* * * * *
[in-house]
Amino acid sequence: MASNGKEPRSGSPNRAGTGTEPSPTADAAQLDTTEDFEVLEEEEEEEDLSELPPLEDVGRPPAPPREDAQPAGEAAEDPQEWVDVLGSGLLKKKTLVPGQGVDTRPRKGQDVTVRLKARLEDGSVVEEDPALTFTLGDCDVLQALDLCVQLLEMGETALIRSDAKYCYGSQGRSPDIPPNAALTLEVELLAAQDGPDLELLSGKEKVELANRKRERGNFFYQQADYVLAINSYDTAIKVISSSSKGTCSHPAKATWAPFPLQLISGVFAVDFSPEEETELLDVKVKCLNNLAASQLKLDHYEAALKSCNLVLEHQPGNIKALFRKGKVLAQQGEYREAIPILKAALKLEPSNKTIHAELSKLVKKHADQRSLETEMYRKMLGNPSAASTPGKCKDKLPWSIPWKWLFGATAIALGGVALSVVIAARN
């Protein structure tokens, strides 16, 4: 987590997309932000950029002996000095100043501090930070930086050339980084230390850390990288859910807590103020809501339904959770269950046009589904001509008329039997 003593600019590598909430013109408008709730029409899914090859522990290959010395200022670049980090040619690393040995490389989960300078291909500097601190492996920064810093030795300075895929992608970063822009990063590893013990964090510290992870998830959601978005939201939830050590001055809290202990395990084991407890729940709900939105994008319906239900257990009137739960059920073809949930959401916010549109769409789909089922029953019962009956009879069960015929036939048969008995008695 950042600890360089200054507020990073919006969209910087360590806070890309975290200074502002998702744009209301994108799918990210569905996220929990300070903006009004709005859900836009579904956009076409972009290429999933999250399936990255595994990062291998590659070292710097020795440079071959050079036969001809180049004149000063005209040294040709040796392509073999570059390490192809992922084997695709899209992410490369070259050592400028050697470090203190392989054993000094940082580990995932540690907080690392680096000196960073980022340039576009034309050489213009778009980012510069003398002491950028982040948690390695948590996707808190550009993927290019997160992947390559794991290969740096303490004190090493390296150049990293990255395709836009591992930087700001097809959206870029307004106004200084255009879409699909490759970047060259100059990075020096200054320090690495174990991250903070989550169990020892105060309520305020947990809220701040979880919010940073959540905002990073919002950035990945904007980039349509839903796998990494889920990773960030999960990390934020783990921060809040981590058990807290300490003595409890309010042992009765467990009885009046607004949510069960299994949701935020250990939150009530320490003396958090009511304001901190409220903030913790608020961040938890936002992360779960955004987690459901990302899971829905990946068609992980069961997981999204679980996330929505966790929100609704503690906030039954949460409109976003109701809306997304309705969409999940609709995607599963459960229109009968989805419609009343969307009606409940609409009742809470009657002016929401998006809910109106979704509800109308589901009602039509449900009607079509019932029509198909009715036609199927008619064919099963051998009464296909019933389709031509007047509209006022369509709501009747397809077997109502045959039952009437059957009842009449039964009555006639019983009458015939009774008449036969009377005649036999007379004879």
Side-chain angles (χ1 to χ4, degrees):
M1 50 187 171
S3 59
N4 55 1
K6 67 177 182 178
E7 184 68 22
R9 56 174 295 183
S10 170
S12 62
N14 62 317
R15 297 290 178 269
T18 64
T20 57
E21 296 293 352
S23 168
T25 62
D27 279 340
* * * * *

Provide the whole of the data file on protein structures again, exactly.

[in-house]
Amino acid sequence: MASNGKEPRSGSPNRAGTGTEPSPTADAAQLDTTEDFEVLEEEEEEEDLSELPPLEDVGRPPAPPREDAQPAGEAAEDPQEWVDVLGSGLLKKKTLVPGQGVDTRPRKGQDVTVRLKARLEDGSVVEEDPALTFTLGDCDVLQALDLCVQLLEMGETALIRSDAKYCYGSQGRSPDIPPNAALTLEVELLAAQDGPDLELLSGKEKVELANRKRERGNFFYQQADYVLAINSYDTAIKVISSSSKGTCSHPAKATWAPFPLQLISGVFAVDFSPEEETELLDVKVKCLNNLAASQLKLDHYEAALKSCNLVLEHQPGNIKALFRKGKVLAQQGEYREAIPILKAALKLEPSNKTIHAELSKLVKKHADQRSLETEMYRKMLGNPSAASTPGKCKDKLPWSIPWKWLFGATAIALGGVALSVVIAARN
């Protein structure tokens, strides 16, 4: 987590997309932000950029002996000095100043501090930070930086050339980084230390850390990288859910807590103020809501339904959770269950046009589904001509008329039997 003593600019590598909430013109408008709730029409899914090859522990290959010395200022670049980090040619690393040995490389989960300078291909500097601190492996920064810093030795300075895929992608970063822009990063590893013990964090510290992870998830959601978005939201939830050590001055809290202990395990084991407890729940709900939105994008319906239900257990009137739960059920073809949930959401916010549109769409789909089922029953019962009956009879069960015929036939048969008995008695 950042600890360089200054507020990073919006969209910087360590806070890309975290200074502002998702744009209301994108799918990210569905996220929990300070903006009004709005859900836009579904956009076409972009290429999933999250399936990255595994990062291998590659070292710097020795440079071959050079036969001809180049004149000063005209040294040709040796392509073999570059390490192809992922084997695709899209992410490369070259050592400028050697470090203190392989054993000094940082580990995932540690907080690392680096000196960073980022340039576009034309050489213009778009980012510069003398002491950028982040948690390695948590996707808190550009993927290019997160992947390559794991290969740096303490004190090493390296150049990293990255395709836009591992930087700001097809959206870029307004106004200084255009879409699909490759970047060259100059990075020096200054320090690495174990991250903070989550169990020892105060309520305020947990809220701040979880919010940073959540905002990073919002950035990945904007980039349509839903796998990494889920990773960030999960990390934020783990921060809040981590058990807290300490003595409890309010042992009765467990009885009046607004949510069960299994949701935020250990939150009530320490003396958090009511304001901190409220903030913790608020961040938890936002992360779960955004987690459901990302899971829905990946068609992980069961997981999204679980996330929505966790929100609704503690906030039954949460409109976003109701809306997304309705969409999940609709995607599963459960229109009968989805419609009343969307009606409940609409009742809470009657002016929401998006809910109106979704509800109308589901009602039509449900009607079509019932029509198909009715036609199927008619064919099963051998009464296909019933389709031509007047509209006022369509709501009747397809077997109502045959039952009437059957009842009449039964009555006639019983009458015939009774008449036969009377005649036999007379004879």
Side-chain angles (χ1 to χ4, degrees):
M1 50 187 171
S3 59
N4 55 1
K6 67 177 182 178
E7 184 68 22
R9 56 174 295 183
S10 170
S12 62
N14 62 317
R15 297 290 178 269
T18 64
T20 57
E21 296 293 352
S23 168
T25 62
D27 279 340